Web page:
The Curiosity rover’s sent back the first images from its color Mast Camera (Mastcam), along with a 360-degree panorama of Gale Crater.
The 130 low-resolution thumbnails, which were received yesterday, are just the start.
“After a year in cold storage, where it endured the rigors of launch, the deep space cruise to Mars and everything that went on during landing, it is great to see our camera is working as planned,” says Mike Malin of Malin Space Science Systems, principal investigator of Mastcam.
“As engaging as this color panorama is, it is important to note this is only one-eighth the potential resolution of images from this camera.”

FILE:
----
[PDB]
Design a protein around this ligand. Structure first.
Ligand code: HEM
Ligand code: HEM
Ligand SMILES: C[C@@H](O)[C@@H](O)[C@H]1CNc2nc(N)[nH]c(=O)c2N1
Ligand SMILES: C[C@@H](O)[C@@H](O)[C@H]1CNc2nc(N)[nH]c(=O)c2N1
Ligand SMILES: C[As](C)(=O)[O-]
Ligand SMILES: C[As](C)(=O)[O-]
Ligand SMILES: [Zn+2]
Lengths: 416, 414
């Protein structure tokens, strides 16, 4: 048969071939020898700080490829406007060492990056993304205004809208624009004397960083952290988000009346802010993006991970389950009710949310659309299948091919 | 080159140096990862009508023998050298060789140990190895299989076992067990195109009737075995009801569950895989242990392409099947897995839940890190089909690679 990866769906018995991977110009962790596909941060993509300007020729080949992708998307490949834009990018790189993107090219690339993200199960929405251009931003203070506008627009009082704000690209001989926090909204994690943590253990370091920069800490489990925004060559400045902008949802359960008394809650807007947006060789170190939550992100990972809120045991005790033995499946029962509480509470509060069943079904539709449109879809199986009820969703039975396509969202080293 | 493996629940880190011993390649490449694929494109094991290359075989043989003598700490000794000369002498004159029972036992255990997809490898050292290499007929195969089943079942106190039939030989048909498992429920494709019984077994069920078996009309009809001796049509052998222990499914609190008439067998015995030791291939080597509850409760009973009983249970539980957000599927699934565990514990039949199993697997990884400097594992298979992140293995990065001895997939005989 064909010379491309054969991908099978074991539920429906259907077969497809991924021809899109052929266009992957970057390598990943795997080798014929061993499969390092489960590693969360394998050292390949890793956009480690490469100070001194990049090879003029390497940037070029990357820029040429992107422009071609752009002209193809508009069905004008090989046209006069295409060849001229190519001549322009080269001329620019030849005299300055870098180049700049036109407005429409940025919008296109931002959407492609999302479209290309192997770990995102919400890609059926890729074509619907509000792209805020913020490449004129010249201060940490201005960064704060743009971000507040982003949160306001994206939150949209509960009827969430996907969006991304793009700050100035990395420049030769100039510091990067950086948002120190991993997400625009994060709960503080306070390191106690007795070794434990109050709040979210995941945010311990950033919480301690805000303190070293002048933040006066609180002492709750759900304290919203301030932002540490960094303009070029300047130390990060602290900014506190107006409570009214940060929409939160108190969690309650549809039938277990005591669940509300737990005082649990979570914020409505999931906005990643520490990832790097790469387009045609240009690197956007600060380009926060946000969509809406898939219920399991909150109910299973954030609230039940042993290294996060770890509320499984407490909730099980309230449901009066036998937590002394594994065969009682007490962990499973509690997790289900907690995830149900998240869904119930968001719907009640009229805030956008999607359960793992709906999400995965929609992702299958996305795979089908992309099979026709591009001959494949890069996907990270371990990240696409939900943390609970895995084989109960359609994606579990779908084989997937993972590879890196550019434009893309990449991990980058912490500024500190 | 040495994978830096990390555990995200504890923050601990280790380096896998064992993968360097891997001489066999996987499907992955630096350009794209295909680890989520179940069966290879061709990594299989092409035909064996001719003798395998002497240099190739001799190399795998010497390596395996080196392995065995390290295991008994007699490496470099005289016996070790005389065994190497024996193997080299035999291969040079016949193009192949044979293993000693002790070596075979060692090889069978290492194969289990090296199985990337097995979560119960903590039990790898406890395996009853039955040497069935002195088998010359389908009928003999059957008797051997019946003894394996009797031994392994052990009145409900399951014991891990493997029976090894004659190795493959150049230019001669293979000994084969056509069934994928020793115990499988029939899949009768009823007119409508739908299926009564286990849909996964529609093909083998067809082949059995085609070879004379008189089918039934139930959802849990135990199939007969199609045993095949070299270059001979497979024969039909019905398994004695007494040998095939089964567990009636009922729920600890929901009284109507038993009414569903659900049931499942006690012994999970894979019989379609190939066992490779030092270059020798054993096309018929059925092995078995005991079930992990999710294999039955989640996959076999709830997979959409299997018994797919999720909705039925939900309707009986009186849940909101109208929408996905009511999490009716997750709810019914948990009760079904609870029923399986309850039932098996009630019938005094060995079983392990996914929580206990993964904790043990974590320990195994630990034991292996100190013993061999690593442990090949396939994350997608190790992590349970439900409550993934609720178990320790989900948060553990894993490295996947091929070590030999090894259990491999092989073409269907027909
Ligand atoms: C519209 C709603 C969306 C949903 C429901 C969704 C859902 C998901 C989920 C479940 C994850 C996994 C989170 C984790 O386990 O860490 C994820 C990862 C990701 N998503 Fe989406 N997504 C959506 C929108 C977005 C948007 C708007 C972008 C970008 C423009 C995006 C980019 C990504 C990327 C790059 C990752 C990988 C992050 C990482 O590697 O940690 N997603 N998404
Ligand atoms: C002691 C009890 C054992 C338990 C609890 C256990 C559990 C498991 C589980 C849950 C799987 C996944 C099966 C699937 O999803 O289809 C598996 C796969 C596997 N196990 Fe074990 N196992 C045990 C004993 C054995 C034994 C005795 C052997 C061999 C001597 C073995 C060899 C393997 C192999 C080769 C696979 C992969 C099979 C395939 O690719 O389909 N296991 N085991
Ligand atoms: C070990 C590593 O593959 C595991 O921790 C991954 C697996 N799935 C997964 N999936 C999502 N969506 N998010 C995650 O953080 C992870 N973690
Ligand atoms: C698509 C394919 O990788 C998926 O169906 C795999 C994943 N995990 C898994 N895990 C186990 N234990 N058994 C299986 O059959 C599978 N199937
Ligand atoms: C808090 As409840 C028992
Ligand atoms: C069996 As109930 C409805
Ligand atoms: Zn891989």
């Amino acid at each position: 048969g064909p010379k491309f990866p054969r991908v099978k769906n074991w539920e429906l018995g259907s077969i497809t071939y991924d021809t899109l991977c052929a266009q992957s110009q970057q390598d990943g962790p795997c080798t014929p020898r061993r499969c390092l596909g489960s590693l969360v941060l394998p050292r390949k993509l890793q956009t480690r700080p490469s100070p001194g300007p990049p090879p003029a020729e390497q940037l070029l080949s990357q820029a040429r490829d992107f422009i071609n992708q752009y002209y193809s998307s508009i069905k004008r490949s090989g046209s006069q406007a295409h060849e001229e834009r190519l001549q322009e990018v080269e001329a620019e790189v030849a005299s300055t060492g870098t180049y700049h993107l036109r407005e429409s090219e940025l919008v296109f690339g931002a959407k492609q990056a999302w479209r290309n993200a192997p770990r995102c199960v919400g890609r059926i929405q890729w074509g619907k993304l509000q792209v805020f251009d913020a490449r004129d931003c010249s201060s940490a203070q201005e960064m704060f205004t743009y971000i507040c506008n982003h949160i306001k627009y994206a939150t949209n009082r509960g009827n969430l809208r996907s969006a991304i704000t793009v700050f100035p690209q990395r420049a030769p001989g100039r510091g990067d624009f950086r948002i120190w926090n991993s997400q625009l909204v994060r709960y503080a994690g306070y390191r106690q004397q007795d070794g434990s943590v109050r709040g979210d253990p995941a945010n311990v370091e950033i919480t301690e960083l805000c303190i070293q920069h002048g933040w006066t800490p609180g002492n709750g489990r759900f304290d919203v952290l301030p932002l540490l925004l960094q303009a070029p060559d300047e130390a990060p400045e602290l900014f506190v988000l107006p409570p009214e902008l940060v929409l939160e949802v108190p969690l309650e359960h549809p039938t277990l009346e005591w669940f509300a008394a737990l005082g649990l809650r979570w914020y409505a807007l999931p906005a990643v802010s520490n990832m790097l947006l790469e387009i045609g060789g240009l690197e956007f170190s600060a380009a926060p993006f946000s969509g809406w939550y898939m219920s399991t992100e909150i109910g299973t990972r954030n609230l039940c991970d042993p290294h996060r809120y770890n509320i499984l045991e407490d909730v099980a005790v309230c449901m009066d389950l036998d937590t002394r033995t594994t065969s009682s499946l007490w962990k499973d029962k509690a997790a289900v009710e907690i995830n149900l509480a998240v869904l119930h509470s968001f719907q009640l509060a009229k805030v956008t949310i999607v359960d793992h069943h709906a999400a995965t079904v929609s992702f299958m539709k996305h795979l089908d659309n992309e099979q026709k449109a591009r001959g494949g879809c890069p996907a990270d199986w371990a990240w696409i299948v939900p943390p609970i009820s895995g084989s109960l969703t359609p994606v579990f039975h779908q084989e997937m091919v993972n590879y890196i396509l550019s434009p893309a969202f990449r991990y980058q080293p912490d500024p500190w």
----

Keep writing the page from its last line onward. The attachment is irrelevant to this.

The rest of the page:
Curiosity’s also still beaming down high-resolution black-and-white images from its Navigation Camera (Navcam), now stitched together to provide a high-resolution panorama.
This includes a glimpse of the rover’s deck – on which a number of small Martian pebbles are now resting.
“The latest Navcam images show us the rocket engines on our descent stage kicked up some material from the surface of Mars, several pieces which ended up on our rover’s deck,” says Mike Watkins, mission manager for Curiosity.
“These small pebbles we currently see are up to about 0.4 inches in size and should pose no problems for mission operations. It will be interesting to see how long our hitchhikers stick around.”
Yesterday, mission engineers checked over four of Curiosity’s science instruments: the Alpha Particle X-ray Spectrometer, theChemistry and Mineralogy analyzer, the Sample Analysis at Mars and the Dynamic Albedo of Neutrons, along with the rover’s second flight computer.
One of the next steps is to examine the geological maps created so far to pick a good route to Mount Sharp.